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Nominated for four Oscars (winner of one), Victor Fleming's Captains Courageous is a warm-hearted, old-fashioned, and quaintly corny little adventure story based on a novel by Rudyard Kipling. It earned nominations for Best Editing, Best Screenplay, and Best Picture, but the film's only win went to Spencer Tracy -- for playing a broad (yet lovable) Portuguese caricature named Manuel.
Harvey Cheyne is a spoiled little bugger indeed. When he's not bullying or whining or using his rich father's name as currency, he's just a stuck-up little jerk in general. But after Harvey's latest scam goes awry, his loving-yet-harried tycoon of a father decides to bring the kid on his next business trip. Thanks to his own ego, Harvey ends up falling off a cruise liner, only to be rescued by the aforementioned Portuguese fisherman. Stuck about the fishing trawler We're Here, Harvey must get used to his smelly surroundings and learn the value of humility ... because the kid's got a few solid months before he can return to the lap of luxury.
While it's true that much of Captains Courageous will seem trite and cornball-y by today's standards, there's still some certifiable warmth and sincerity to this simple little story. We all now from frame one that nasty lil Harvey is about to learn some valuable life lessons, but Fleming and his screenwriters are experienced enough to throw a few curves into the road. The kid starts out as a serious headache, so the fact that his gradual thaw takes a little while works just fine. Taken as an adventure story over a coming-of-age tale, Captains Courageous works just dandy.
Young Freddie Bartholomew is devilishly entertaining during Harvey's early mischief, and the kid actually brings some emotional weight to his later scenes, once the appropriate lessons have been learned. As the salty We're Here captain, Lionel Barrymore steals just about every scene he's in, while Melvyn Douglas does a fine job as Harvey's loving yet perpetually distracted papa. As far as Mr. Tracy's Oscar-winning performance goes, well, it's really kinda broad and exaggerated and sometimes silly ... on the surface, anyway. Once you get used to the actor's cartoonish Portuguese accent, there's a real sweetness to his performance that's absolutely integral to the film.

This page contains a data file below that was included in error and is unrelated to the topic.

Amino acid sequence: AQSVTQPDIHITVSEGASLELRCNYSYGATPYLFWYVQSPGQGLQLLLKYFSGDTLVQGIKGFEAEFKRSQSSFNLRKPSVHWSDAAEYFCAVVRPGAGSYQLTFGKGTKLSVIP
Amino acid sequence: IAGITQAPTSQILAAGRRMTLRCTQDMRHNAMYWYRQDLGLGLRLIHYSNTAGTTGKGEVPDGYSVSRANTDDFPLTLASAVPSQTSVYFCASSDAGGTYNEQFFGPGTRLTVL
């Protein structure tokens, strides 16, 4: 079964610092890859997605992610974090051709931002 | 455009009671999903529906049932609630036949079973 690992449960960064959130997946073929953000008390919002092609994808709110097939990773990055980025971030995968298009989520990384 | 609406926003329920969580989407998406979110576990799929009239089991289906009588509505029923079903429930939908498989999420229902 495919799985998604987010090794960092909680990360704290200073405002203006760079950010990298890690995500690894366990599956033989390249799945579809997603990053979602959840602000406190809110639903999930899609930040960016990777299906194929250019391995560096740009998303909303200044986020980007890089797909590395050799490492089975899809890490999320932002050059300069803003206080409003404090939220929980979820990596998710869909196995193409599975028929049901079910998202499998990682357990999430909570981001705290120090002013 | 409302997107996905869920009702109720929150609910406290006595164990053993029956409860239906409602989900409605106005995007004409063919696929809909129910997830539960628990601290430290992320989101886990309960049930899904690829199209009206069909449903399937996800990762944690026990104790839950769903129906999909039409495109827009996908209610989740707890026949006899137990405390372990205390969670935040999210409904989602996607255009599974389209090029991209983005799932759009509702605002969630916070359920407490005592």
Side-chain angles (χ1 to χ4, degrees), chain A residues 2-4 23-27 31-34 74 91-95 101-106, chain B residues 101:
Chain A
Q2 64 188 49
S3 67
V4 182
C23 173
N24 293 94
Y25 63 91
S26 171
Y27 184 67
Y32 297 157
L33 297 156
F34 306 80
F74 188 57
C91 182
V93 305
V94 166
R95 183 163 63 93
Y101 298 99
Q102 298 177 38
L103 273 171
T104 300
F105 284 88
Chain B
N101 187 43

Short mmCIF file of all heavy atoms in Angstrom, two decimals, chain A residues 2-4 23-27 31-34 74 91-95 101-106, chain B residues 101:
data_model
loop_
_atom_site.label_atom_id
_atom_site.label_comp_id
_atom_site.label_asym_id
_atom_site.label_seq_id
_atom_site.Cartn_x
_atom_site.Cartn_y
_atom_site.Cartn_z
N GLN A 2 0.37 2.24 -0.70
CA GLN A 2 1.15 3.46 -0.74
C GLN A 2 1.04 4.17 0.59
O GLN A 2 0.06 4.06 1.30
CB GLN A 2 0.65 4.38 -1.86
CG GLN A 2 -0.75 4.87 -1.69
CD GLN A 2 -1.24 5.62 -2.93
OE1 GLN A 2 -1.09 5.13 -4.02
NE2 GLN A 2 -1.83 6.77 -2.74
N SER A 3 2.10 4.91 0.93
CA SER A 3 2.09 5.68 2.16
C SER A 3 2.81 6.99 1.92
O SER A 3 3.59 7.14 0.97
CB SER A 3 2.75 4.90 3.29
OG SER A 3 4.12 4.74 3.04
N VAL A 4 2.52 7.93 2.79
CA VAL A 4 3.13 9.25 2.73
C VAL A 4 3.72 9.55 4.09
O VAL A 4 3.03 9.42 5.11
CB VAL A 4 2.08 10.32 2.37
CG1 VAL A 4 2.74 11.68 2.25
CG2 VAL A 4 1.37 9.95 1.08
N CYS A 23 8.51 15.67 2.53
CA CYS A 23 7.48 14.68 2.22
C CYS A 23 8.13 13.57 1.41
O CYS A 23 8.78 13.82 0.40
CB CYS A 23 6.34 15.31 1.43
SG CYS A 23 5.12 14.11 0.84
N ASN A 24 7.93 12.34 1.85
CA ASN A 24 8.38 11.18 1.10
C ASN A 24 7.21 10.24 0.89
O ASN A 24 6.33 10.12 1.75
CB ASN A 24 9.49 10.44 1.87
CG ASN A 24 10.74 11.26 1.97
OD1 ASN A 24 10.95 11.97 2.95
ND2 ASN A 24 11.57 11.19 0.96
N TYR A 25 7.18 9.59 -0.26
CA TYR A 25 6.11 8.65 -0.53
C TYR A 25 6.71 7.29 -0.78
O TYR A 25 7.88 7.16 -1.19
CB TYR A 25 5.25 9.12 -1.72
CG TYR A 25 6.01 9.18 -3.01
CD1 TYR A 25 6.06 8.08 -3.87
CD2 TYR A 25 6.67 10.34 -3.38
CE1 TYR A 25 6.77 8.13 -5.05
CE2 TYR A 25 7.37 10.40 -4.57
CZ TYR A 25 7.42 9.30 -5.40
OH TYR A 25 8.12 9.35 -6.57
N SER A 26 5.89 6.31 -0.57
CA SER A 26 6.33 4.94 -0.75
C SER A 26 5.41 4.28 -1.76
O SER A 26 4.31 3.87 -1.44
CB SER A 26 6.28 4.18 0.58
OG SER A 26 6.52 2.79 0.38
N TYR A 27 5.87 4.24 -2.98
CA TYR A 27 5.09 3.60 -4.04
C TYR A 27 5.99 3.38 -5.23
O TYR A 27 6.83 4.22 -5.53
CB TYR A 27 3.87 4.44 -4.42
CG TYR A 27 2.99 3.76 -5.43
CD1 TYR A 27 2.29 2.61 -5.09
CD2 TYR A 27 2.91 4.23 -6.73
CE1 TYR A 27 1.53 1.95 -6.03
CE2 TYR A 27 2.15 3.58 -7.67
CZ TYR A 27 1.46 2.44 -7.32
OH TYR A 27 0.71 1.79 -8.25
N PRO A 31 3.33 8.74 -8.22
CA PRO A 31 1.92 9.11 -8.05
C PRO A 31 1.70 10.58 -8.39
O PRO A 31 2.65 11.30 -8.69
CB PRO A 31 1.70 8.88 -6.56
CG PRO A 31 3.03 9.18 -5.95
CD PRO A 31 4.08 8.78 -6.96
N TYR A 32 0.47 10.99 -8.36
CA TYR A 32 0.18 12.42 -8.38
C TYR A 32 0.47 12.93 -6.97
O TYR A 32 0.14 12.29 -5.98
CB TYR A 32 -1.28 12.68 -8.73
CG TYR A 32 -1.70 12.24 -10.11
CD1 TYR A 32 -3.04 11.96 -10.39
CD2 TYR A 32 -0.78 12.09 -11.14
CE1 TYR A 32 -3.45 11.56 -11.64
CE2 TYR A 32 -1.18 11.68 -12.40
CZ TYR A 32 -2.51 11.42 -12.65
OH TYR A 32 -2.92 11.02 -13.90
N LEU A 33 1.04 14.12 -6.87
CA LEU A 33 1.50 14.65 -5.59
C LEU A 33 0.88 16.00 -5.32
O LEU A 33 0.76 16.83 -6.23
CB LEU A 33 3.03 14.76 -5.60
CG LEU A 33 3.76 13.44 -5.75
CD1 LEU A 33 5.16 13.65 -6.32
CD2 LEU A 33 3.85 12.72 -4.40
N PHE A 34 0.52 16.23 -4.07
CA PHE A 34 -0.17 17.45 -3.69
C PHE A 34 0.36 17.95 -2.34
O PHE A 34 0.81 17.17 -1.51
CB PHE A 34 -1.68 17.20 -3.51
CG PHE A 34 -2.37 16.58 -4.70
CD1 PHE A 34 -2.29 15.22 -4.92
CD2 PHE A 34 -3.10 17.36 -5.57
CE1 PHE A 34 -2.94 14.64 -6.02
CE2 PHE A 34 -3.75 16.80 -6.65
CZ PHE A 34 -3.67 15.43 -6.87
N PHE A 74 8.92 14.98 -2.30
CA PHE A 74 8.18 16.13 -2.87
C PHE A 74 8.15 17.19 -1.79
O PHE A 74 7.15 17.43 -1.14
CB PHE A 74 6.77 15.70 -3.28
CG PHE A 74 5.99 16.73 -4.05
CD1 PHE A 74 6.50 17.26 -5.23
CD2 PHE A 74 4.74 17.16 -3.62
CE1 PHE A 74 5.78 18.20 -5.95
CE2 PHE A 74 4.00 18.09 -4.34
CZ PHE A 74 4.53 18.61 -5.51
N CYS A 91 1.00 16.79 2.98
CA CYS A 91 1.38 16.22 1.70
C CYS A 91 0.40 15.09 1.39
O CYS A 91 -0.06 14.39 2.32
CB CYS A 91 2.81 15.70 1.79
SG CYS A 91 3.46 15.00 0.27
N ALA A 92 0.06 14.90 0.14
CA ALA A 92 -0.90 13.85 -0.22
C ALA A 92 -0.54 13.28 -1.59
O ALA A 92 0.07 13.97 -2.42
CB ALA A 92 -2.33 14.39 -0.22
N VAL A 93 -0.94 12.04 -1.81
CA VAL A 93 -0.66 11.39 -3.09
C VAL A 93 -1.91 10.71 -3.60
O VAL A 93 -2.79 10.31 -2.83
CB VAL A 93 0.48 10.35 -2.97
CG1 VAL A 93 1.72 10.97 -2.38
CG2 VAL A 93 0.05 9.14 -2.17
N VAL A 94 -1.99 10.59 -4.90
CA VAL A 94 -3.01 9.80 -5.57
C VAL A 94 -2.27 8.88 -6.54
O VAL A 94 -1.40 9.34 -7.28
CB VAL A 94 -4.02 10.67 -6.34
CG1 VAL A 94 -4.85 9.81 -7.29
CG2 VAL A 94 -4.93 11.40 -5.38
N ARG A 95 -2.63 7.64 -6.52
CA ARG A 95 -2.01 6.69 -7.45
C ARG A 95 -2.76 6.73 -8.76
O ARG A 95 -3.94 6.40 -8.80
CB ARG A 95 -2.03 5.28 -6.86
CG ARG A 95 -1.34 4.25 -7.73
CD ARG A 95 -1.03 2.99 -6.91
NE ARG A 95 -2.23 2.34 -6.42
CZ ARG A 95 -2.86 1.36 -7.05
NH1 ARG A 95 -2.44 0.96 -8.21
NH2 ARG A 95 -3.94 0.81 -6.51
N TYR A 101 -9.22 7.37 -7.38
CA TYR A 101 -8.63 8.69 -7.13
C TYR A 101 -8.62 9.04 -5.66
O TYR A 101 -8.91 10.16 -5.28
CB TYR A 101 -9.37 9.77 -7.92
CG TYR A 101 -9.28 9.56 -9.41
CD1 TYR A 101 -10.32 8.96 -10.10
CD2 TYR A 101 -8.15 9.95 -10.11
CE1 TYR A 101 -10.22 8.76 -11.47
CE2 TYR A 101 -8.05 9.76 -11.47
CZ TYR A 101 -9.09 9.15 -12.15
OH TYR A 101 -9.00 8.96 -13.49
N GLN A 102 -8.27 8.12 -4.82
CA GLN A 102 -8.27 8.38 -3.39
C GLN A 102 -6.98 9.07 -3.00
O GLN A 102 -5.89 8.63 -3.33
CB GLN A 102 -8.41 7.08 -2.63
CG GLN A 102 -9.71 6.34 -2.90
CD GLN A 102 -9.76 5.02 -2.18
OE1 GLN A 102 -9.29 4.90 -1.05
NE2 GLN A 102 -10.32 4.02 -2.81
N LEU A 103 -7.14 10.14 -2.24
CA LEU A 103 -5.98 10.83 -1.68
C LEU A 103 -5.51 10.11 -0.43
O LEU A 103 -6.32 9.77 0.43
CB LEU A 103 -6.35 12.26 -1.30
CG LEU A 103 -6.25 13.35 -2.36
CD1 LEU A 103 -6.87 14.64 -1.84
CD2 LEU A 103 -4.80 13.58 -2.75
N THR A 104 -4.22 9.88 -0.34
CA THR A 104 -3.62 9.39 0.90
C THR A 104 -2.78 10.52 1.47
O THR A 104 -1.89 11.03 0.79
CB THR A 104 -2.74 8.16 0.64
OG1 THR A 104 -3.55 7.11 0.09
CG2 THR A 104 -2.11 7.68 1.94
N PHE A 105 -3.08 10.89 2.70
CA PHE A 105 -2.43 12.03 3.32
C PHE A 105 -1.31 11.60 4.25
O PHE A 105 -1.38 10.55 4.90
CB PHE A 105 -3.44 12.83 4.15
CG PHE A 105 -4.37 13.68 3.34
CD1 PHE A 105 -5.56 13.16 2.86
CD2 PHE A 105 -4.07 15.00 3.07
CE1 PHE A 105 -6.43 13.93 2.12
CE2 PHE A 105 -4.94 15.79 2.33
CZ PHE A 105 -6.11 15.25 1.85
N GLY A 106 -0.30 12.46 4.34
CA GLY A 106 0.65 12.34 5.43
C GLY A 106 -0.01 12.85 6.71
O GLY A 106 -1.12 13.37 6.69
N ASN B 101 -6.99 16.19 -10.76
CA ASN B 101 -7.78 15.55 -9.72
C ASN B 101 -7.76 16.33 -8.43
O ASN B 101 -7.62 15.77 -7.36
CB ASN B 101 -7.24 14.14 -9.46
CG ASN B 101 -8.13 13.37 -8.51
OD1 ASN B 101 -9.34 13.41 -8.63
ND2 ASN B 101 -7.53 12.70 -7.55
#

While perhaps not the "all-time classic" that some of its contemporaries are, Captains Courageous still stands up pretty well today. Provided you approach the movie with the right frame of mind (i.e. you saw it when you were a kid and you loved it), it could make for a worthwhile rental for "Classic Hollywood Movie Night" -- but only if your kids don't mind goofy ol' black & white movies.
Video:The 1937 movie comes to DVD in its original full frame format. Picture quality is quite impressive for a flick seven decades old.
Audio: The film is presented in its original Dolby Digital 1.0 Mono audio track, in your choice of English or French. Optional subtitles are available in English, French, and Spanish.
Two shorts are included, should you want to make an old-fashioned "movie night" out of the Captains Courageous experience: The Little Maestro is a live-action piece about a poor violinist mistaken for a world-renowned musician, while Little Buck Cheeser is a Rudolf Ising animated short about a mouse who builds a rocketship to the moon.
Also included is a 12-minute Captains Courageous radio promo entitled Leo Is On the Air and a pair of theatrical trailers.
Maybe I'm just a sucker for very old movies about spoiled rich kids who mature only after falling off an ocean liner and being forced to work on a colorful fishing boat for four months, but I had a pretty good time with my first visit with Captains Courageous. Those who already adore the flick should be very happy with this DVD treatment from Warner Bros.